Friday, April 20, 2012

Video Review: Fat, Sick, and Nearly Dead

It's been a while. I guess nothing's happened that struck me with the inspiration to write these days, but recently it has. I'm always in the mood to watch any muckraking, inspirational, or health-educational film and just found one. Excited by the title, I searched for it and found it and want to share it with the masses on the internet.

It's a documentary called "Fat, Sick, and Nearly Dead" As you can see. The image and trailer can be accessed at the page: and also leads to the online community known collectively as "the Reboot." It goes back to the time-tested practice of fasting to in effect "reset" the body.

For anyone who's followed my posting they know I have sporradic health complaints. I think I'm someone who needs a lot of variety in my diet. My last diet experiment had to do with avoiding gluten, and after avoiding it temporarily for a month or so I can tolerate even gluten containing foods in moderation (success!). For those who are severely overweight and experiencing mild to severe health effects from a processed or low plant food containing diet, I think this movie is a must see. Joe Cross (the director and main subject of the film) is your average younger-end middle aged man who finds himself 40 or so, overweight, and saddled with an autoimmune medical condition which for a time he chose to control with modern medicine: predisone. Another subject in the film has the same condition (chronic urticaria) the other man with the condition is a similar age but more overweight. Both stories are inspiring. My father also suffers from a chronic hive condition and he wears the same badge of metabolic crisis: what I would call "basketball gut." Or my mother says it looks like my dad's carrying triplets.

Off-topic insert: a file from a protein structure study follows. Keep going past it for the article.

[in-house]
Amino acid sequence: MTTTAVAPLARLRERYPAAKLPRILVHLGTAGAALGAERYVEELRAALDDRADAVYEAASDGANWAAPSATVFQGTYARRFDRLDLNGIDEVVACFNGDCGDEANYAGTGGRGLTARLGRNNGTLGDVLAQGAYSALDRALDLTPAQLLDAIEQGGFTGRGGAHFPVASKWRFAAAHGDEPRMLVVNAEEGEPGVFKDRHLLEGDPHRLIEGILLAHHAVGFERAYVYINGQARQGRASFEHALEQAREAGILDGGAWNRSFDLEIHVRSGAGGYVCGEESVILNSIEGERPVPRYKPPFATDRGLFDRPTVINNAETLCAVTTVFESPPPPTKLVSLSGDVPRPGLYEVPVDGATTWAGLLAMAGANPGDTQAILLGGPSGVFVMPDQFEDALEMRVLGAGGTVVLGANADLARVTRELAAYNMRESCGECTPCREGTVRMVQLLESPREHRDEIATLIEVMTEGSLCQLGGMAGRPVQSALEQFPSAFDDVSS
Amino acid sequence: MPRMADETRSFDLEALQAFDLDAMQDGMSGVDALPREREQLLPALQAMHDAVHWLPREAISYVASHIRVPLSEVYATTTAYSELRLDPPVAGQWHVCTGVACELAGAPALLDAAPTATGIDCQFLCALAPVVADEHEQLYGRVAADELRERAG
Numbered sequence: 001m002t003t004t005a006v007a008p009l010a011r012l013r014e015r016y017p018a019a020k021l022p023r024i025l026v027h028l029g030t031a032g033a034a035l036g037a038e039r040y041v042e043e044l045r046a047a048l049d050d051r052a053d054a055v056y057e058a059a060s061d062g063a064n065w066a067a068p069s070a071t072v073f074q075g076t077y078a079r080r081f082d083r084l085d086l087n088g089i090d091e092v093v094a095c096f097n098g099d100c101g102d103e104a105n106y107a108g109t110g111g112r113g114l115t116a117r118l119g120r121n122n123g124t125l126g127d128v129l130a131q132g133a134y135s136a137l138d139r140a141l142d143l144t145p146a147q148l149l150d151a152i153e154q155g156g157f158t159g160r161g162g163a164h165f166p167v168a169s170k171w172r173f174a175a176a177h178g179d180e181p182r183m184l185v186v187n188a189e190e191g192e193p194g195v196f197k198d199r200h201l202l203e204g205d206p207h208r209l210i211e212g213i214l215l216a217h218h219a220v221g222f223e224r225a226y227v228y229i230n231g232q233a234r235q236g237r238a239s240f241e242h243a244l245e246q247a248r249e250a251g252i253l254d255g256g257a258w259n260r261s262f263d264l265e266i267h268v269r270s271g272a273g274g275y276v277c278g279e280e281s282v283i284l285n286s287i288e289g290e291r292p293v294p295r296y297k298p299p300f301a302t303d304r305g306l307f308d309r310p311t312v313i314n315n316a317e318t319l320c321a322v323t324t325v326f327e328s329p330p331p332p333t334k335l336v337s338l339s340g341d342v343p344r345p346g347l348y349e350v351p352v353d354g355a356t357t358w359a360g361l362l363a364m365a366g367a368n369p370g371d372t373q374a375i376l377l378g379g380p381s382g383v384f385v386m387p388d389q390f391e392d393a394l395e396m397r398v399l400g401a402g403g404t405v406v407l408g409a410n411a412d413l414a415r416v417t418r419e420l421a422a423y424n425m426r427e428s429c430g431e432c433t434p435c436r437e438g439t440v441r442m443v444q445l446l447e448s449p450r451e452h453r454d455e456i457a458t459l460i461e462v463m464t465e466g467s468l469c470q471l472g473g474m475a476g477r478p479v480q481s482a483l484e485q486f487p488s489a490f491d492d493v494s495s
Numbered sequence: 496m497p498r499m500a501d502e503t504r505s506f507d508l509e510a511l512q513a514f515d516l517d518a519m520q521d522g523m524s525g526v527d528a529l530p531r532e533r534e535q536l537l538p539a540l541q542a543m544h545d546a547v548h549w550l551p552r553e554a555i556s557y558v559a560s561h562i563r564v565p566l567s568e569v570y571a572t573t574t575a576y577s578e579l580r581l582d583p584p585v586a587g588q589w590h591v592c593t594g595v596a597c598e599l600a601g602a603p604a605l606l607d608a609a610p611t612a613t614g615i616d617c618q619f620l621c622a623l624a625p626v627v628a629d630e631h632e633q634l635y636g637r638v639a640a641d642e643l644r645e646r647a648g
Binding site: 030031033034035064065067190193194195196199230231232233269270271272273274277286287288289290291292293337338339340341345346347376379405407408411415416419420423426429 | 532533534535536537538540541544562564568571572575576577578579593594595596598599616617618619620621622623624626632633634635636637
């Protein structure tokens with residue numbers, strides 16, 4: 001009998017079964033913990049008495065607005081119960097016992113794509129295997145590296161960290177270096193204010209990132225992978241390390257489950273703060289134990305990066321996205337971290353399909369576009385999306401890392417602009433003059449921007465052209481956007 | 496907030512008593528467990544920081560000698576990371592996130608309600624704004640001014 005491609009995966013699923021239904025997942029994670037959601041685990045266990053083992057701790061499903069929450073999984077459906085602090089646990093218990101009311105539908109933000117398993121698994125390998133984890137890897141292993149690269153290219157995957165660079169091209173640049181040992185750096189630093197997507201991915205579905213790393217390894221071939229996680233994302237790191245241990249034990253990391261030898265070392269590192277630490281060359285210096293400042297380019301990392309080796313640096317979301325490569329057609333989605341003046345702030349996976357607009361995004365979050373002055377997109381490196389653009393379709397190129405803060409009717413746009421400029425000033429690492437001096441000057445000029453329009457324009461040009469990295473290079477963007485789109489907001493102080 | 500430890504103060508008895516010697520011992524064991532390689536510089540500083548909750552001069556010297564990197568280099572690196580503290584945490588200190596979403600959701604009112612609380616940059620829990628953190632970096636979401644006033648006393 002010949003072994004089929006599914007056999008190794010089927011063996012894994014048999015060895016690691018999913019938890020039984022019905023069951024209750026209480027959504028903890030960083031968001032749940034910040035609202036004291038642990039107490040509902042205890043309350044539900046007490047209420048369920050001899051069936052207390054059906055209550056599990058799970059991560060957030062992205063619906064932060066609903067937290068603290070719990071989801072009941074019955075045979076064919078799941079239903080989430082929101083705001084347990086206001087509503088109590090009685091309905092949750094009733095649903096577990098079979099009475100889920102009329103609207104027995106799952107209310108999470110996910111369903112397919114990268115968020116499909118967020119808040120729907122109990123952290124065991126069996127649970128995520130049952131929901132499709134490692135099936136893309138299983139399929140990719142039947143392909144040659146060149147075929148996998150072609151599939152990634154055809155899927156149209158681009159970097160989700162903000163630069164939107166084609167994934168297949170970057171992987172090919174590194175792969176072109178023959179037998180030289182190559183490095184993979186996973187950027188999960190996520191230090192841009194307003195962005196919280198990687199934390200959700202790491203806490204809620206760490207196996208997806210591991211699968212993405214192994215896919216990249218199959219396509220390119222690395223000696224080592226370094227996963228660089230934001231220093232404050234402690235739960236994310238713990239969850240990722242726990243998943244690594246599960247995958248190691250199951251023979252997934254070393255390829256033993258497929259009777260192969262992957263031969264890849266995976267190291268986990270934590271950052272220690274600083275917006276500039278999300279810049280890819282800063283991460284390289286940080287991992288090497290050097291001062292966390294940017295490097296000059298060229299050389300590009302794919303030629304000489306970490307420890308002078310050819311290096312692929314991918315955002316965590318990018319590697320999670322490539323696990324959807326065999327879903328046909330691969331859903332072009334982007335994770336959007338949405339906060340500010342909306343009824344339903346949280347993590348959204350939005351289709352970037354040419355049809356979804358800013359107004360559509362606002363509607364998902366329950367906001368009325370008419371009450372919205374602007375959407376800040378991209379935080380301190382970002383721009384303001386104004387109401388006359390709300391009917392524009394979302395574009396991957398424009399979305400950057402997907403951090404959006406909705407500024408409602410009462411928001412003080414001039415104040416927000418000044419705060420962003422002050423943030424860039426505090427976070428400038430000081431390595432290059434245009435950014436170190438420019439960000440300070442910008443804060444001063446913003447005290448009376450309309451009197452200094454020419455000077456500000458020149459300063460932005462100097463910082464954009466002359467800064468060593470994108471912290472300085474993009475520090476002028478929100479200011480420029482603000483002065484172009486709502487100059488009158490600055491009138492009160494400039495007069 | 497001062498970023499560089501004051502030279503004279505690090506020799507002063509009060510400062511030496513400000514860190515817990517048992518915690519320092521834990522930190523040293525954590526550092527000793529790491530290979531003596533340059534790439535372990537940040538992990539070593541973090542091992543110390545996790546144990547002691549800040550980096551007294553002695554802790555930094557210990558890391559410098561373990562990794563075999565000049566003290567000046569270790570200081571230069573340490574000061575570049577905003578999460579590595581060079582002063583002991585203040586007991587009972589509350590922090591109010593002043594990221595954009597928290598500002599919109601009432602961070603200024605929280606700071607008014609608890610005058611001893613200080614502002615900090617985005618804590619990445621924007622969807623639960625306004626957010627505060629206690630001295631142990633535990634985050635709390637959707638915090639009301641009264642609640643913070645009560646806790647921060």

How is it that for all our advancements, technology, and wealth-- we are failing to fuel ourselves with the nutrients we need? Why does our food: that which we put in our bodies, fail to warrant the financial investment we're willing to make for clothes, tech devices, cosmetics, and everything else in our lives?

All in all I find the film to be a great inspiration. It goes where films which came before such as Super Size Me and other food-related documentaries don't go. It shows that there is a way to break the cycle and restore balance in the body. And also, that there's a way to do it without breaking the bank. Both the director/main subject, Joe, and the secondary character, Phil, loose their basketball gut and their western medications--while at the same time inspiring their families and communities to consider themselves undertaking fasts (Joe and Phil complete 60 day juice fasts), although for those who are facing more mild conditions and mild overweight, shorter fasts and maintaining balance in the diet is probably enough to consider fostering health.

A must see. I remember watching Super Size Me in my high school health education class. I think this film could easily take the place of that film as being educational and inspirational for people to suggest to their friends or family members.

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